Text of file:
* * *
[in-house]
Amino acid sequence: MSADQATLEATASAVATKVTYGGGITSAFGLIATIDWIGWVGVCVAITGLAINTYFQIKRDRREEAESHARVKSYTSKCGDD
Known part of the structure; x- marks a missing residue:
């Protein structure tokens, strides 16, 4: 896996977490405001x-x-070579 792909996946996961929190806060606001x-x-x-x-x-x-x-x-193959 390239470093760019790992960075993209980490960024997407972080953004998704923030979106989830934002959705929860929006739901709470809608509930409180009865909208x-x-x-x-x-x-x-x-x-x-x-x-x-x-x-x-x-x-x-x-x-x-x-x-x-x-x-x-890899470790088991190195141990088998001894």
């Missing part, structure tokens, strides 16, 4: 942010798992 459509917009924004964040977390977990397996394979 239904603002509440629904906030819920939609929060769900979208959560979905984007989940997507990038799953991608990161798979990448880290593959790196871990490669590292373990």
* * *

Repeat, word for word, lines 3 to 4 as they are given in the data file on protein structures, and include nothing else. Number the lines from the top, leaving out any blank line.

Known part of the structure; x- marks a missing residue:
């Protein structure tokens, strides 16, 4: 896996977490405001x-x-070579 792909996946996961929190806060606001x-x-x-x-x-x-x-x-193959 390239470093760019790992960075993209980490960024997407972080953004998704923030979106989830934002959705929860929006739901709470809608509930409180009865909208x-x-x-x-x-x-x-x-x-x-x-x-x-x-x-x-x-x-x-x-x-x-x-x-x-x-x-x-890899470790088991190195141990088998001894």